Hillel campus programs are special to Rabbi Heidi Coretz — she credits her experiences in Hillel at the University of Florida for ultimately inspiring her to attend rabbinical school at Hebrew Union College.
Now, between her work with Hillel at SMU and WE, a program for Jewish millennials, she gives back much of what she gained in her own experiences as a Hillel student, helping young adults adjust to the demands of college and new careers, all while maintaining a focus on their Jewish faith.
Hillel means praise.
As a freshman at the University of Florida, Coretz found her classes on Hebrew and Judaism to be the most inspiring.
She got involved in Hillel, the largest Jewish campus organization in the world, and became president of the Jewish Student Union while still a freshman. She eventually switched her major to Jewish studies and decided to attend rabbinical school at the Cincinnati campus of Hebrew Union College.
“We’re not looking to go into a synagogue and have services in the pews. Kind of the opposite. We’re looking to have Shabbat in a variety of very interesting places.” -Rabbi Heidi Coretz
She was ordained in 1995 and met her husband while working as an assistant rabbi in Tulsa.
In 2000, the two moved to Dallas where she began her work as the director of Hillel at SMU.
Increasingly, SMU students from across the country choose to stay in Dallas after graduation. Coretz found many of her former Hillel students, as well as recent graduates of other schools who moved to Dallas for their first job, were dissatisfied with the limited options available for postgraduate fellowship.
Coretz felt she might best be able to serve these millennials by starting a new program.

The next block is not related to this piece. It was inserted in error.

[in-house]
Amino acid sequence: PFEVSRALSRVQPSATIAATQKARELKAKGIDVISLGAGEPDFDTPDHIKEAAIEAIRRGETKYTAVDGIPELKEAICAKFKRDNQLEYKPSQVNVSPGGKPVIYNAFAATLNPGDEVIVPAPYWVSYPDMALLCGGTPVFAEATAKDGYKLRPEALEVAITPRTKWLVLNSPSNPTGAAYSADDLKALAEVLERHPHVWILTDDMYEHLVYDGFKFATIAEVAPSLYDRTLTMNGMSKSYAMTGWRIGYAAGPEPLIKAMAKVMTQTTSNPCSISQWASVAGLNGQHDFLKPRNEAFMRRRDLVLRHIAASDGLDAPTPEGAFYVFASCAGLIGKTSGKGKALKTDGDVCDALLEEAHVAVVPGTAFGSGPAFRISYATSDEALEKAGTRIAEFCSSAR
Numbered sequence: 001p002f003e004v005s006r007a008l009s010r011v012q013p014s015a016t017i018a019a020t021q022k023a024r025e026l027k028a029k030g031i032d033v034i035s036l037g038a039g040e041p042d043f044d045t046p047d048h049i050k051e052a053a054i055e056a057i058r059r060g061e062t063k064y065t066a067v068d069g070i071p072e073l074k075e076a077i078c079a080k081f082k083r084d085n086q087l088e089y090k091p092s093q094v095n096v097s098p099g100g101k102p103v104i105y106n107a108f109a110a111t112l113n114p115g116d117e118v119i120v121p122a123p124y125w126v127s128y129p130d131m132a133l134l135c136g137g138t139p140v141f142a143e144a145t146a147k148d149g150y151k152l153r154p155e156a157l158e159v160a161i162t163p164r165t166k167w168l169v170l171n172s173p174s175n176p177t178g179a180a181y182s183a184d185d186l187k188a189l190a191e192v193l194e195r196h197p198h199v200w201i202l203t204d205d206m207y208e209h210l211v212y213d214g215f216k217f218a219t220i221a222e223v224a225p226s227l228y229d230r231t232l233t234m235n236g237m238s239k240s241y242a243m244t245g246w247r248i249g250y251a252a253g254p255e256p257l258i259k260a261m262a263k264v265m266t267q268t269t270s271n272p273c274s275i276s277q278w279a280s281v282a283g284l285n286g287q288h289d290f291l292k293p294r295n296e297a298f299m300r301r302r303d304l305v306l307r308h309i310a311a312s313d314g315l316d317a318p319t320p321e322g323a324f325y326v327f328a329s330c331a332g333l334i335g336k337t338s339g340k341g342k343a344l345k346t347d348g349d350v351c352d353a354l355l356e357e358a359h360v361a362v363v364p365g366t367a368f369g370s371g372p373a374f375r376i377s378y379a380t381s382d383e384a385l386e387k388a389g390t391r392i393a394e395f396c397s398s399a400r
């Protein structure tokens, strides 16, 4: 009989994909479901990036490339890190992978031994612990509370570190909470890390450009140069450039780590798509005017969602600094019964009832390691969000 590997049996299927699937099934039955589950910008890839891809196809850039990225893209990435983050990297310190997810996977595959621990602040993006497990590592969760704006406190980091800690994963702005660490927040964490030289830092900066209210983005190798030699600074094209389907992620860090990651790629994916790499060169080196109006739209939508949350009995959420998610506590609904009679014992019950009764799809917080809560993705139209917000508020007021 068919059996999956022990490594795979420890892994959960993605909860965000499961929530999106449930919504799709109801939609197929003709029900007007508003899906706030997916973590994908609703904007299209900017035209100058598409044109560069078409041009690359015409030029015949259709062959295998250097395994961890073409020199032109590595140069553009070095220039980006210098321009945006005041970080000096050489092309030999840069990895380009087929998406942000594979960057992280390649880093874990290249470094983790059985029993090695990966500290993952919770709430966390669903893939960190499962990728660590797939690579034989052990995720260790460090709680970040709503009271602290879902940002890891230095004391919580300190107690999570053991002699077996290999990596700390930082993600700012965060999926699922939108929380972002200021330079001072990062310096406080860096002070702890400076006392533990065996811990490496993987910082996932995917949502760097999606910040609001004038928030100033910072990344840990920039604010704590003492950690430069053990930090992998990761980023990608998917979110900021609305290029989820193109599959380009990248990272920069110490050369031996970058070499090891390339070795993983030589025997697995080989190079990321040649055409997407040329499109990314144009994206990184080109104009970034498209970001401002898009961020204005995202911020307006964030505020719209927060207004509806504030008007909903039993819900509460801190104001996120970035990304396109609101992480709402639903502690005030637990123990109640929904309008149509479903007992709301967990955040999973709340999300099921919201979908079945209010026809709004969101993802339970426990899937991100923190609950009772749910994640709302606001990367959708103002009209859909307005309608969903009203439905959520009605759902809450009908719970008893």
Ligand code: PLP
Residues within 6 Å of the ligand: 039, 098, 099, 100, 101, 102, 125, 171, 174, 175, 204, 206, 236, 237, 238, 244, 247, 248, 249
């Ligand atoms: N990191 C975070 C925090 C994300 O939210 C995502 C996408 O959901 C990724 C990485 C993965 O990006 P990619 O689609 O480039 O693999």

Coretz approached the Jewish Federation of Greater Dallas, and after presenting a grant proposal was able to secure $10,000 in funding for a new program to serve Jewish millennials.
The program was named WE, which stands for “We Engage” and reflects the group’s goal to engage through social programs, education, and study groups.
Other organizations in Dallas also work with Jewish millennials, and while Coretz emphasizes that it’s not a competition, part of what helps the WE program stand out is that it is not associated with a synagogue and doesn’t have a dedicated building.
“We’re not looking to go into a synagogue and have services in the pews — kind of the opposite. We’re looking to have Shabbat in a variety of very interesting places,” Coretz said.
WE recently held Shabbat at D Magazine and before that celebrated the first night of Passover with a Seder in Thanksgiving Square where 40 young people attended.
“In the first year that we’ve been operating, we’ve reached and engaged well over a hundred Jewish young adults that are active in our organization now,” Coretz said.
Coretz said she is passionate about Hillel, WE, and her faith.
“I absolutely love the amazing students I get to work with at SMU,” she said. “They are smart, hard-working, creative, caring, and driven.
They are ready to make a difference in the world in their careers and outside of their work.”